August 21, 2015
This is the third in a series of essays on the FTC’s investigation of Apple Music. In Part II of this series, we demonstrated that, even if Apple were to ban rival music services from offering iOS apps, competition in the smartphone market would significantly mitigate any threat to competition in the music streaming market. This section will ignore this effect and look instead at how Apple’s actual actions, unhindered by consumers’ ability to switch phones, would affect competition in the music streaming market.
Recall from Part I that although Apple imposes several restrictions on rival music streaming services, these restrictions are largely illusory because they apply only to sales made through these services’ iOS apps. Any consumer can...
August 14, 2015
He’s from the government, and he’s here to help. That’s the comic premise of this summer’s best YouTube video series, “Love Gov,” from the Independent Institute. In this case, though, the protagonist is the government, personified. The story begins when Scott “Gov” Govinsky meets sweet college student Alexis, and quickly takes an interest…in every aspect of her life.
The series has already racked up over 1.5 million views, with positive reviews from fine folks like San Francisco Chronicle columnist Debra Saunders...
August 13, 2015
Our Indiegogo campaign for CEI’s new documentary “I Whiskey” is closing soon. So far, we have raised almost $75,000, but it’s not over yet. Please donate now if you haven’t, and if you have, you can always do so again.
You can get some great souvenir t-shirts from this rewards-based crowdfunding campaign. And CEI is also fighting to legalize equity crowdfunding , so that future entrepreneurs can legally offer profit-sharing from their projects, as well as souvenirs like t-shirts, if they choose to do so. So, this crowdfunding campaign is not just about whiskey, but the future of crowdfunding itself, as well as the future...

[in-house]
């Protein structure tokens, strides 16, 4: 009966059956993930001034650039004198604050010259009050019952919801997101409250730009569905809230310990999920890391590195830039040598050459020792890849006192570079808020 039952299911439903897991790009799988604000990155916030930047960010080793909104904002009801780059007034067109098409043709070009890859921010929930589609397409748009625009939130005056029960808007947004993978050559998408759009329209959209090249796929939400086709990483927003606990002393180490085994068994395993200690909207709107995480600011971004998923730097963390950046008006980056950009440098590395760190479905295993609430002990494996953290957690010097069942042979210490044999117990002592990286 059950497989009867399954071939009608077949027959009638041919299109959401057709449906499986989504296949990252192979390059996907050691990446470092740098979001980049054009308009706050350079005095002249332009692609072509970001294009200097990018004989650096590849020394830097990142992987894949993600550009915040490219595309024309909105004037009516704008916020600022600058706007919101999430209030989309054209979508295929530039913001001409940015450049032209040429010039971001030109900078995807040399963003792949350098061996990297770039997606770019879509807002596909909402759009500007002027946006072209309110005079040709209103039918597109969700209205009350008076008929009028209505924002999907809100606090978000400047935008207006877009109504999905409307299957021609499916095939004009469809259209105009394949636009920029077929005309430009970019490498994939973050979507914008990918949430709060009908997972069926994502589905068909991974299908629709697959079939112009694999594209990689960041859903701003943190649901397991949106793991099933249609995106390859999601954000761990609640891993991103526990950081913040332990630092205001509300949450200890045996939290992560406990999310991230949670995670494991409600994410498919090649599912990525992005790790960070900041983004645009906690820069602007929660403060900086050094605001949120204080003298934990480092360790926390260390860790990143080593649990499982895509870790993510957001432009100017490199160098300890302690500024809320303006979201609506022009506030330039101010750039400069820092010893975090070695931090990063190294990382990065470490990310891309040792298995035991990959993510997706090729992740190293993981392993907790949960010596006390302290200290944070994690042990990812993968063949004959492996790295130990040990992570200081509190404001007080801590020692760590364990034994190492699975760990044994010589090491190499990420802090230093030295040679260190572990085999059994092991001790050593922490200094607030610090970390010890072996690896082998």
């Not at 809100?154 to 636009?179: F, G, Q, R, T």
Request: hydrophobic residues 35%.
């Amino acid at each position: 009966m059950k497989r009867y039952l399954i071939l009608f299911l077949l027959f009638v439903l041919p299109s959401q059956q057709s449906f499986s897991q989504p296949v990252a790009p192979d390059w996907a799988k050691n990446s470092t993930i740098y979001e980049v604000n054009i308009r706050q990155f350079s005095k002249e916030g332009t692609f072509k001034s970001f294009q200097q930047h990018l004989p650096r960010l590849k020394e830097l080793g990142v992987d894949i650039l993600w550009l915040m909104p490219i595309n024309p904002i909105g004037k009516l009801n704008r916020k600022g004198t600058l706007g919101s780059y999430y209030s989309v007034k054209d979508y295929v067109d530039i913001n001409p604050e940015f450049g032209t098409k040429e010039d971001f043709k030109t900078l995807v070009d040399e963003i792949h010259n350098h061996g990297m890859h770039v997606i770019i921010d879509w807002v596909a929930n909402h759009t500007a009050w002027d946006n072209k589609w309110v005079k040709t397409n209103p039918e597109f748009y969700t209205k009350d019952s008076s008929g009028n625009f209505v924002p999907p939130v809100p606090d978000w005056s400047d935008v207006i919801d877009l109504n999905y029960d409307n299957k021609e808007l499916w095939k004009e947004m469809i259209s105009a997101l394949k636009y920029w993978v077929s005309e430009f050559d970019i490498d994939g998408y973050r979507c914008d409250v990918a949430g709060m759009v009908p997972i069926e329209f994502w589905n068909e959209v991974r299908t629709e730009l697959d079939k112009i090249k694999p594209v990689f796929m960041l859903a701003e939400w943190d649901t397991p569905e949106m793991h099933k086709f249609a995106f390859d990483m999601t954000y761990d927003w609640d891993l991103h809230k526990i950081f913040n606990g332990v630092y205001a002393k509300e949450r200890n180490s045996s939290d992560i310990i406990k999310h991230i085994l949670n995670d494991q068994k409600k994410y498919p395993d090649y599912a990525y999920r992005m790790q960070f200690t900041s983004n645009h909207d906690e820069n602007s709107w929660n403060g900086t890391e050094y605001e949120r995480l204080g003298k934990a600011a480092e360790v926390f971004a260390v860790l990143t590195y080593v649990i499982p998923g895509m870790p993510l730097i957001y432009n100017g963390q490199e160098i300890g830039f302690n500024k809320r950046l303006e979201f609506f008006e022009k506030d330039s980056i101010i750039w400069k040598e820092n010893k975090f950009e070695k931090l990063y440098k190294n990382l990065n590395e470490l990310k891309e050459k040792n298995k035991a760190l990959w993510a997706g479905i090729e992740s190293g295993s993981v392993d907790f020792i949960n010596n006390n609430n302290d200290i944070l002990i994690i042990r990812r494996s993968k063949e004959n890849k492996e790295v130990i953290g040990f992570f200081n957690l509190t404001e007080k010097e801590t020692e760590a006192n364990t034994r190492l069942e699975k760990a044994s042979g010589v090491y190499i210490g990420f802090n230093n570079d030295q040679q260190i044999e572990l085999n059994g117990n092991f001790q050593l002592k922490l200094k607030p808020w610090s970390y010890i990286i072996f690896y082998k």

August 10, 2015
A jaunt down Route 151 in Virginia’s Rockfish Valley breathes life into Faulkner’s observation. For decades it was known simply as the valley’s “Main Street”—a stretch of pavement skirting the base of the Blue Ridge winding through small towns named Greenfield or Nellysford. Then things changed. What started with a single vineyard has transformed the Rockfish Valley Highway from a sleepy thoroughfare into what locals now call “Alcohol Alley,” reflecting the presence of wineries, breweries, distilleries, and even a cidery. With fermentation came opportunity, prosperity, and an improved community. Today, visitors from all walks of life flock to the region to enjoy what nature has to offer (including nature’s other offerings of hiking, fishing and skiing).
Making whiskey is but one piece of the Great Story of Spirits. The Big Picture is the story of incremental progress, of...
August 4, 2015
Don Boudreaux over at Café Hayek has just given a 2015 boost to a smart 2012 video from Learn Liberty on social cooperation in a free society. It’s worth spending another 3 minutes with, even if you’re one of the 1,394,608 people who have already seen it.
In this video, Prof. Aeon Skoble of Bridgewater State University highlights one of my favorite themes: a market economy involves not only economic competition, but also an impressive degree of voluntary cooperation, even between entities one would assume to be direct rivals.
For more great videos, check out...
August 3, 2015